Still feel hungry? “Then eat,” she says. “You are hungry.”

Read next: Should I Eat Greek Yogurt?

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The Aspen Institute is an educational and policy studies organization based in Washington, D.C.

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TIME Ideas hosts the world's leading voices, providing commentary and expertise on the most compelling events in news, society, and culture. We welcome outside contributions. To submit a piece, email ideas@time.com.

TIME Aging

16 Unexpected Ways to Add Years to Your Life

walking dog
Getty Images

Try these surprising habits that could help you live longer

The average American’s life expectancy is 78.7 years. Whether you reach that age—or better yet, exceed it—largely depends on your genes, but there are also many keys to longevity that are totally within your control. Some you probably already know about, like following a nutritious diet, exercising often, staying away from cigarettes, and maintaining a healthy weight. Other habits are a little less obvious. Read on for some surprising habits and lifestyle choices that could add years to your life.

Adopt a furry friend

Your four-legged companion may be helping you live a longer life, according to a review published in the journal Circulation. Researchers believe owning a dog might keep the owner more active and, as a result, lowers the risk of heart disease.

“Dog owners are who walk their dogs are more likely to meet recommendations for daily physical activity (150 minutes weekly),” says Eric A. Goedereis, PhD, assistant professor of psychology at Webster University in St. Louis, MO. Owning a pet also reduces stress, which may decrease the risk of cardiovascular disease, he adds.

HEALTH.COM: 12 Ways Pets Improve Your Health

Have more sex

A roll in the hay may be the most pleasant way to extend your life. Several studies suggest there is a link between more orgasms and longevity. In a 1997 study, men who had more orgasms were less likely to die of heart disease than those who had less. While the study can’t prove cause and effect (maybe healthier people are more likely to have sex), sex can be beneficial for health. “Of course sex feels good, but it also gives us the opportunity to work out nearly every muscle in the body and connect with another person,” says Goedereis. “Sex has also been shown to boost the body’s immune response, reduce stress, and even control one’s appetite, among other things.” Two to three orgasms a week yields best benefits. Doctor’s orders.

HEALTH.COM:
13 Healthy Reasons to Have More Sex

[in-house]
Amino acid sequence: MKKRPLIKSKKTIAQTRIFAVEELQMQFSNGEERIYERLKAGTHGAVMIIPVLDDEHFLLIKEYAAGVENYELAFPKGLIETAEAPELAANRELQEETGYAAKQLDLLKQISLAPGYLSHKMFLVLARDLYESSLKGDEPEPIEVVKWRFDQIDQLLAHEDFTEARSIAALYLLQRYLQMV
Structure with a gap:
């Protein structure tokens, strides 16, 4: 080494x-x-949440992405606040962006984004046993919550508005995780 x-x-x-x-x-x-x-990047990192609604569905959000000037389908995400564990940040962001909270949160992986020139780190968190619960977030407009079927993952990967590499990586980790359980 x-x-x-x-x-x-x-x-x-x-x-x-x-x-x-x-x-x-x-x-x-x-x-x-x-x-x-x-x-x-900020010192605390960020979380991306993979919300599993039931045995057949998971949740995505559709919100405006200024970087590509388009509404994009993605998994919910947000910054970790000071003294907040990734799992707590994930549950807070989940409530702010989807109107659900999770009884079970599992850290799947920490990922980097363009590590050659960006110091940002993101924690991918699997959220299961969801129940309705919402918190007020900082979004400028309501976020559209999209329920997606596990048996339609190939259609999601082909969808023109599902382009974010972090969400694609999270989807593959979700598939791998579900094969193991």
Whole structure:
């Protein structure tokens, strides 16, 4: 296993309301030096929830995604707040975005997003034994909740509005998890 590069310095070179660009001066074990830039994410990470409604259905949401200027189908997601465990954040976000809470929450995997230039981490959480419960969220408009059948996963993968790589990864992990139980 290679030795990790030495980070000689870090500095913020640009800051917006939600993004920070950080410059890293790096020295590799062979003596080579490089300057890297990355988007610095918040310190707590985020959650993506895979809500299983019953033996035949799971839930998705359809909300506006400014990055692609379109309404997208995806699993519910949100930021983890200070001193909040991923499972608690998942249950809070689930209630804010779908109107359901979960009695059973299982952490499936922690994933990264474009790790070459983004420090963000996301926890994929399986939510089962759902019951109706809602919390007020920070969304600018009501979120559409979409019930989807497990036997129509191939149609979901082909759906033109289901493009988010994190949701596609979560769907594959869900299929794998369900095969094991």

Floss every day

Daily flossing not only gets rid of food trapped between your teeth but also removes the film of bacteria that forms before it has a chance to harden into plaque—something your toothbrush cannot do. Periodontal disease from lack of flossing can trigger low-grade inflammation, which increases the risk of early heart attack and stroke. Numerous studies link oral bacteria to cardiovascular disease. The American Dental Association recommends flossing at least once a day.

Have a positive attitude

Think being mean and ornery is what it takes to live to 100? That’s what scientists at the Albert Einstein School of Medicine in the Bronx, New York thought until they studied 243 centenarians. When the researchers assessed their personalities, they discovered that most had a positive outlook on life, and were generally easygoing, optimistic, and full of laughter.

If nothing else, try to laugh more often—go to comedy shows, take occasional breaks at work to watch silly videos on YouTube, or spend time with people who make you smile. “Laughter helps decrease blood pressure, reduce blood sugars, dull pain, and lower stress, all of which can make your body healthier,” says Elizabeth Lombardo, PhD, psychologist and author of Better than Perfect: 7 Strategies to Crush Your Inner Critic and Create a Life You Love.

Be social

Going to the movies or out for coffee with friends may help all of you grow old together. An analysis by Brigham Young University looked at data from 148 studies and found a clear connection between social ties and lifespan. “People with stronger social relationships have a 50% greater chance of continued living as compared to those with weaker relationships,” says Lombardo. “Loneliness can also compromise your immune system, making it harder to fight off disease.”

HEALTH.COM: 12 Worst Habits for Your Mental Health

Go nuts

Snack on cashews, sprinkle chopped walnuts on your salad, stir almonds into your yogurt—however you eat them, it may be helpful. People who ate nuts several times a week had a reduced mortality risk compared with those who ate nuts less frequently (or at all), according to a 2013 New England Journal of Medicine study.

Nuts are high in antioxidants, fiber, and unsaturated fatty acids, and they help lower your risk of heart disease. “They are known to possibly improve certain risk factors for diabetes as well,” says Keri Gans, RD, a New York-based nutrition consultant. As a healthy but high-calorie snack, limit portion sizes to 1 ounce, or about 20 nuts.

Find your purpose

Regardless of your age, finding purpose in life may help you live long enough to make a difference. In a study of 6,000 people, researchers at the University of Rochester Medical Center in Rochester, New York found that people who had a greater sense of purpose were less likely to die during the 14-year study than those who were less focused on a goal. “People who have a sense of purpose in their lives may be more likely to take steps to be healthier,” says Lombardo. To develop a sense of purpose, focus on the positive impact you are making at work or at home instead of getting caught up with every little detail being perfect, she suggests.